Crumley House programs crimped by pandemic

Sue Guinn Legg • Updated May 13, 2020 at 8:40 PM

The coronavirus pandemic has been especially difficult for one of the region's most unique nonprofit services.

Since 1992, The Crumley House has been filling a void in local services for people recovering from traumatic brain injuries.

Located in Limestone, the facility provides residential rehabilitation and therapeutic day programming for about 50 clients who would otherwise have to travel out of the area for help with their recovery.

As a grassroots nonprofit organization, local community support has been critically important to The Crumley House from its beginning. In recent years, two especially popular fundraising events have together contributed about $125,000 annually to its programs.

And then came the pandemic.

The Crumley House day program that provides 25 adults with daily rounds of physical therapy, life skills classes and vocational opportunities was shut down to help control the spread of the virus and protect the center's staff and clients whose conditions place them at higher risk.

Two months later, approximately $20,000 in revenue generated by the day program is lost. And with Tennessee's COVID-19 infections continuing to climb, it will be several more weeks before The Crumley House board considers a possible reopening date.

Combined with the withdrawal of a short-lived award of $12,000 in annual funding from United Way of Washington County caused by last year's decline in United Way giving, the revenue shortfall became more severe.

But it was the cancellation of two of the center's most popular fundraisers — The Crumley House 5K that annually inspires scores of area runners to go "Jogging for the Noggin" around the lush farm lands that surround its campus and the annual Crumley House Beach Party made possible by some of the region's most generous corporate citizens — that tipped the scales to a red alert.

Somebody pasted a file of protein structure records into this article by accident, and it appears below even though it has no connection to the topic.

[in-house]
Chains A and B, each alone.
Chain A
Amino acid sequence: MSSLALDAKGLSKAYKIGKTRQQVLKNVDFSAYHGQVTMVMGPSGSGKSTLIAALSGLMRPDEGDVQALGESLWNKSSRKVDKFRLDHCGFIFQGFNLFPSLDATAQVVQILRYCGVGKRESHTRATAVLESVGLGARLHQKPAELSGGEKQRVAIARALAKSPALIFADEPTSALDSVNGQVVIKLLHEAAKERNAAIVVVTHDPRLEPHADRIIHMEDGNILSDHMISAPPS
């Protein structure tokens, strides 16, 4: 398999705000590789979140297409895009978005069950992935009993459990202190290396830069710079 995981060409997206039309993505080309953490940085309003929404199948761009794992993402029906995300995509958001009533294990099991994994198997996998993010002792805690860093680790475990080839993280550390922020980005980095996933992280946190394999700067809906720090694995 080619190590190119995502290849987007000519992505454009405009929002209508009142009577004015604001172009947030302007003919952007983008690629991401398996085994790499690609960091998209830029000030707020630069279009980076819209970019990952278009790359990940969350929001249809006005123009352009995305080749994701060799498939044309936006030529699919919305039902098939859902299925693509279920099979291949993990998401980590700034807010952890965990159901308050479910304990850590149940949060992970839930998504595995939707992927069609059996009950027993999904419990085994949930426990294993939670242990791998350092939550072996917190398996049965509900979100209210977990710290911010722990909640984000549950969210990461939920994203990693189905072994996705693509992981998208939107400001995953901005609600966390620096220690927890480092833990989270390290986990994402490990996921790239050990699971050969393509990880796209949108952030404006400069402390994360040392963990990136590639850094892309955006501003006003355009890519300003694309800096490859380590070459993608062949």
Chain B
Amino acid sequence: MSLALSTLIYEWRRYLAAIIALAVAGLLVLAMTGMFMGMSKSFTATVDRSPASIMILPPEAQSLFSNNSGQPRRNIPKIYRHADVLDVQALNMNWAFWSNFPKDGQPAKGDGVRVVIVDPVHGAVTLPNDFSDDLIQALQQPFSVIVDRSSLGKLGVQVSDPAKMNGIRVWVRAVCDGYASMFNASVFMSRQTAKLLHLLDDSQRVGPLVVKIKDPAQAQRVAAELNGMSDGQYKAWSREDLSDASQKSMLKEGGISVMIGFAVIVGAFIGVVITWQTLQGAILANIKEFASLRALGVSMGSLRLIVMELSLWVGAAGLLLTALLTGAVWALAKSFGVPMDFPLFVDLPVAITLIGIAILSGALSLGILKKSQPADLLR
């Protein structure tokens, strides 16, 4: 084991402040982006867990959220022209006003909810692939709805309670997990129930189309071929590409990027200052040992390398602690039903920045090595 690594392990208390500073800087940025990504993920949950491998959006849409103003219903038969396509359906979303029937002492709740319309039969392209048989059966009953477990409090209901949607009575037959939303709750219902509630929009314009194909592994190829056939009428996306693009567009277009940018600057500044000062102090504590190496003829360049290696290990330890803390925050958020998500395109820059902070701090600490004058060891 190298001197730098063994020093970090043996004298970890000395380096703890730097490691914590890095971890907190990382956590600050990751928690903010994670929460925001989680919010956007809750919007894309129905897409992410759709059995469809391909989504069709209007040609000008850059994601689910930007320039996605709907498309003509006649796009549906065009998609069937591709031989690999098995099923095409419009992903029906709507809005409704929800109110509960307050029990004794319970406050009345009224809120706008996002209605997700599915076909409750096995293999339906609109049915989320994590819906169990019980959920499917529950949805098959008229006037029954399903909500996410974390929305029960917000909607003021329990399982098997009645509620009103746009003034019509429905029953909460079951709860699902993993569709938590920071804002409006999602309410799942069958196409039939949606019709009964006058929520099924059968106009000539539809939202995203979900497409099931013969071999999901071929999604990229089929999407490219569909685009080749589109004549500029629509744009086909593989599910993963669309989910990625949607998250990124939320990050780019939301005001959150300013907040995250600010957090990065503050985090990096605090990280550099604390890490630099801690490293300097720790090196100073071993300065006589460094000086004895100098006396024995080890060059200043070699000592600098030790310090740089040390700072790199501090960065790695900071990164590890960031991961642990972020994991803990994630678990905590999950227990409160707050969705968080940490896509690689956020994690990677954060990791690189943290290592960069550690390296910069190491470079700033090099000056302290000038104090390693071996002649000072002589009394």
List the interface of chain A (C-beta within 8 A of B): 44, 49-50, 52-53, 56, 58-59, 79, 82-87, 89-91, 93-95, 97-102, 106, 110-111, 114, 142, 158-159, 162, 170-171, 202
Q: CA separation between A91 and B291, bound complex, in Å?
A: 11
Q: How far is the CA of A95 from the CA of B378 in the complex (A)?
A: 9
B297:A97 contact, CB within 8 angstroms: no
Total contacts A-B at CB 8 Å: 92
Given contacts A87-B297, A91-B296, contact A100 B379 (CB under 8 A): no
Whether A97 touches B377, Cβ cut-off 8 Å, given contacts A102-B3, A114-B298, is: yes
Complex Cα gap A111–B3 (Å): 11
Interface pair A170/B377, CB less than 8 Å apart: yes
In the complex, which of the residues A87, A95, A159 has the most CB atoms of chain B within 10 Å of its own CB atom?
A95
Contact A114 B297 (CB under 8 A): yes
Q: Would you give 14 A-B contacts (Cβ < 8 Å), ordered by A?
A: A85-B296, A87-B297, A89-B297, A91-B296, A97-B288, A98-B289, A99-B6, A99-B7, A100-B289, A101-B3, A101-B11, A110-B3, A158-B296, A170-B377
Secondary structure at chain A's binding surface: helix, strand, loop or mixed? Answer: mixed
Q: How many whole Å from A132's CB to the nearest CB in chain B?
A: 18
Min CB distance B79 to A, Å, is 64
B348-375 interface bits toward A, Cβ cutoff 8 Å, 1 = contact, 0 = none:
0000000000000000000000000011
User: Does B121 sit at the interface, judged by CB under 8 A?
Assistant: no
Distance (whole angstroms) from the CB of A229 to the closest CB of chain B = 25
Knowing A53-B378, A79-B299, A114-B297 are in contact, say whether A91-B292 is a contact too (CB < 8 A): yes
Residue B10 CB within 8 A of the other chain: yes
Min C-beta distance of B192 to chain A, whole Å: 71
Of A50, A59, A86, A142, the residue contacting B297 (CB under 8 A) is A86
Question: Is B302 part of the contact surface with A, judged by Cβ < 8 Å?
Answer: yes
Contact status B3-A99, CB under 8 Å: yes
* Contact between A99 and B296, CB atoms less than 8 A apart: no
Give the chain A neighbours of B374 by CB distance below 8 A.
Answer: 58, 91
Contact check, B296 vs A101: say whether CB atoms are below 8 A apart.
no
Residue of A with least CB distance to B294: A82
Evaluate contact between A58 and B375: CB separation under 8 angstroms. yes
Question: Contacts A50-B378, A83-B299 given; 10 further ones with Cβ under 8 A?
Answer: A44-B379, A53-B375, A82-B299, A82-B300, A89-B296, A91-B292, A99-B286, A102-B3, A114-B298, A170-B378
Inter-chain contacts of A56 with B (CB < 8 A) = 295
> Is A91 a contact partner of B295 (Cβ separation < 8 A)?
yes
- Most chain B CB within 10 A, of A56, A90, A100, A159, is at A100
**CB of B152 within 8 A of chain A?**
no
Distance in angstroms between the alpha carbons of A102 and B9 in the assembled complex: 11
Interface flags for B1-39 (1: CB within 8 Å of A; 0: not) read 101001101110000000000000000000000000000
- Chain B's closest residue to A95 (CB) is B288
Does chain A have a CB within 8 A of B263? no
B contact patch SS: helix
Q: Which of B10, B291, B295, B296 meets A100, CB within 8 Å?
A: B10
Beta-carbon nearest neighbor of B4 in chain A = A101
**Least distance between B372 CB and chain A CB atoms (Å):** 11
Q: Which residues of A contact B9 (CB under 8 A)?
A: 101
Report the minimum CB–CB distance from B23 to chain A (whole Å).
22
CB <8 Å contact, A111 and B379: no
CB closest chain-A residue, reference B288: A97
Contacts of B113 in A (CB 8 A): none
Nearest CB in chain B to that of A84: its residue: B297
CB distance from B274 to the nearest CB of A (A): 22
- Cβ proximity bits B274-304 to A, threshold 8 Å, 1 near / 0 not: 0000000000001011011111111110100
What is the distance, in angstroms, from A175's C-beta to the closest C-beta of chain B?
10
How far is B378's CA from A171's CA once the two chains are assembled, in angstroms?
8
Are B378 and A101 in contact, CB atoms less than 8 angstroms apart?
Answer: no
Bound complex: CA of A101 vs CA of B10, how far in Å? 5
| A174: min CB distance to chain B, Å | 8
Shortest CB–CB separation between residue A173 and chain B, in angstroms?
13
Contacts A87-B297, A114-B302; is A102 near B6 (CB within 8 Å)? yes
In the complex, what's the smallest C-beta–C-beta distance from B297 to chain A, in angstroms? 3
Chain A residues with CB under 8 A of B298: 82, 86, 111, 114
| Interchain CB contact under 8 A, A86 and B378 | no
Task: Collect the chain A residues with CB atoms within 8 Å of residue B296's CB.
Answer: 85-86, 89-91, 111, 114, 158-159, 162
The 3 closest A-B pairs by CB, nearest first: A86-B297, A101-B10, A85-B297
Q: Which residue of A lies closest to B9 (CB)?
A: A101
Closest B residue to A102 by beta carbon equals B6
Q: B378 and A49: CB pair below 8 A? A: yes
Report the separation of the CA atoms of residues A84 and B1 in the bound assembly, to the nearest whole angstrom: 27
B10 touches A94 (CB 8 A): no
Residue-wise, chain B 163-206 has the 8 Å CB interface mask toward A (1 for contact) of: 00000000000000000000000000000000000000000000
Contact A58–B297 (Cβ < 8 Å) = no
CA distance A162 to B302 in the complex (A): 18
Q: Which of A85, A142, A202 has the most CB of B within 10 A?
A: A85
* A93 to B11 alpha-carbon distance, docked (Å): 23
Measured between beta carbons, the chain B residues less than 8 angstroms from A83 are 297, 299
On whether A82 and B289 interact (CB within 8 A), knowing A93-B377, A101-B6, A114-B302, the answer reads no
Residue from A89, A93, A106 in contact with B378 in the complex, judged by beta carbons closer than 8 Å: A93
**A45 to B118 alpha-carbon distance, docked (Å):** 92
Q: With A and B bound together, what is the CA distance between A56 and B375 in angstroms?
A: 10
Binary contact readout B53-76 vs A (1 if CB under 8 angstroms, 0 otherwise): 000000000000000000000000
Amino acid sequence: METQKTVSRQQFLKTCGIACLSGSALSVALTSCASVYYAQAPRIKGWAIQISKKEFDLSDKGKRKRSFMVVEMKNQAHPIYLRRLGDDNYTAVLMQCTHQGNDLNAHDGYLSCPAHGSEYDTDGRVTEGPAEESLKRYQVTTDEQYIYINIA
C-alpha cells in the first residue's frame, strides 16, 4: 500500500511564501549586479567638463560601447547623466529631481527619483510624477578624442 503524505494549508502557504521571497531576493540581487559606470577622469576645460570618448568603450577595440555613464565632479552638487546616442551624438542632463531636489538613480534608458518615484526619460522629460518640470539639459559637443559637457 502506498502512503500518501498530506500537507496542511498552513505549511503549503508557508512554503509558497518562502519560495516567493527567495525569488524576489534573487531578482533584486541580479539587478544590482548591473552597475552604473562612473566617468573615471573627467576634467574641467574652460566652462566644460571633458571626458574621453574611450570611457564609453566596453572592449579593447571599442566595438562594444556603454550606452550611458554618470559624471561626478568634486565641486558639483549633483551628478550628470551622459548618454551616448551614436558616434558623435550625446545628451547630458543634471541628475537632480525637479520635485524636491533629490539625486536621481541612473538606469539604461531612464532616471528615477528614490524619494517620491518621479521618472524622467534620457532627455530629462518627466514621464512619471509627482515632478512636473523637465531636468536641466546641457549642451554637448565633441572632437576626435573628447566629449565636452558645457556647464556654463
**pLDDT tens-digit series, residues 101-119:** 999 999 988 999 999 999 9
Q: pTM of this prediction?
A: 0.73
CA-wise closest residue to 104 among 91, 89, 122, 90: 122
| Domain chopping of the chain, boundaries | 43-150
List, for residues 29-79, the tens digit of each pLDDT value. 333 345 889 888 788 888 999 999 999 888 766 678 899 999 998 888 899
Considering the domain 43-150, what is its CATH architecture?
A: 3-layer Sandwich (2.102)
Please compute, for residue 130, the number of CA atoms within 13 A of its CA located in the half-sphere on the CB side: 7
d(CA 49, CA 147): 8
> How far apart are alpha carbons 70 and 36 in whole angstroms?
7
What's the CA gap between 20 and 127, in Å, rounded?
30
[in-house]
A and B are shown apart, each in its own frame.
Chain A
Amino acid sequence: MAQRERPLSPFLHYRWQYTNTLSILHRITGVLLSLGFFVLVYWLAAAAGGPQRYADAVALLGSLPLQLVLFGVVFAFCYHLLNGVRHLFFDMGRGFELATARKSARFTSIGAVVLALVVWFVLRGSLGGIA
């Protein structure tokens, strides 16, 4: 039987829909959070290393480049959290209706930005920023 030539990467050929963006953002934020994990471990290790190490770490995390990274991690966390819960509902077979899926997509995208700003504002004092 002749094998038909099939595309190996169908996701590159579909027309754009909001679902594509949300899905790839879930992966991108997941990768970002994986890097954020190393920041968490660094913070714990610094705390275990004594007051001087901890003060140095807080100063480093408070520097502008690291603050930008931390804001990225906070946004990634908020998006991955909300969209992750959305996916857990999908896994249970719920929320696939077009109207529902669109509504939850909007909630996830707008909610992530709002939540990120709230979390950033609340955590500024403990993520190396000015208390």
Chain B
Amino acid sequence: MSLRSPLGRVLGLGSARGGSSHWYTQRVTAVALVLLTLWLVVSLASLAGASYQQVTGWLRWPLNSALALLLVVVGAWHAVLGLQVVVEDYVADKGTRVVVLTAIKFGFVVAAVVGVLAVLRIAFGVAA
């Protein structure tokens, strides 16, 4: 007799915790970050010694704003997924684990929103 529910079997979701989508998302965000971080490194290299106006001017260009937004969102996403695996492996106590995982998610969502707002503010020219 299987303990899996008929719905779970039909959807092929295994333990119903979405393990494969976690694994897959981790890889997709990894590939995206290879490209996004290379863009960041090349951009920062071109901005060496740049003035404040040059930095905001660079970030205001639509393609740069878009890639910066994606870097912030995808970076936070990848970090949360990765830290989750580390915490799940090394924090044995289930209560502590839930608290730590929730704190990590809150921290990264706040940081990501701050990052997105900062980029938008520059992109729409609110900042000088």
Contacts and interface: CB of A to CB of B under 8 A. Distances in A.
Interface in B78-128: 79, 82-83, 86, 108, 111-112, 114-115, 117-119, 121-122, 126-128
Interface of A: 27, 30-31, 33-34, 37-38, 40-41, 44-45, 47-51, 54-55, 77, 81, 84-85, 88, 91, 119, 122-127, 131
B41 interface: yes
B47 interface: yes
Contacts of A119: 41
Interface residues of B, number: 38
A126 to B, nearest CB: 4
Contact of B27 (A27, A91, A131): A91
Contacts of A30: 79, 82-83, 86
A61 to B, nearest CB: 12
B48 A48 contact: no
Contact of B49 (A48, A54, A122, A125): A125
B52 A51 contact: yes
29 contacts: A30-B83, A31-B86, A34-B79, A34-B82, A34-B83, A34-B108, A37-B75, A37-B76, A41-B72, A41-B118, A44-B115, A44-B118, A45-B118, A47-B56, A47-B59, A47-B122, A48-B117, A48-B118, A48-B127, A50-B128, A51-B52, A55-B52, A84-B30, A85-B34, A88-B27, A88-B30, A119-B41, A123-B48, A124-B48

Executive Director Guynn Edwards said while it may be possible to run the 5K later this year, some of the beach party's sponsors are also struggling with economic losses related to the virus and may not be able to give as generously as in past years. And then there are the continuing recommendations against large social gatherings that dim the feasibility of rescheduling the party.

Like other nonprofits hit hard by the pandemic, Edwards said The Crumley House is now attempting to spread the word of its financial struggles via social media and local media outlets with the realization that individuals have also been impacted financially by the virus and may not have as much to give.

But their hope is that those who can will lend their assistance with an online donation at The Crumley House website, www.crumleyhouse.com or a check by mail to The Crumley House, 300 Urbana Road, Limestone, TN 37681.

If there is a need or a project in your neighborhood the Good Neighbor column can assist with, contact Sue Guinn Legg at 423-722-0538, [email protected] or P.O. Box 1717, Johnson City, TN 37605.

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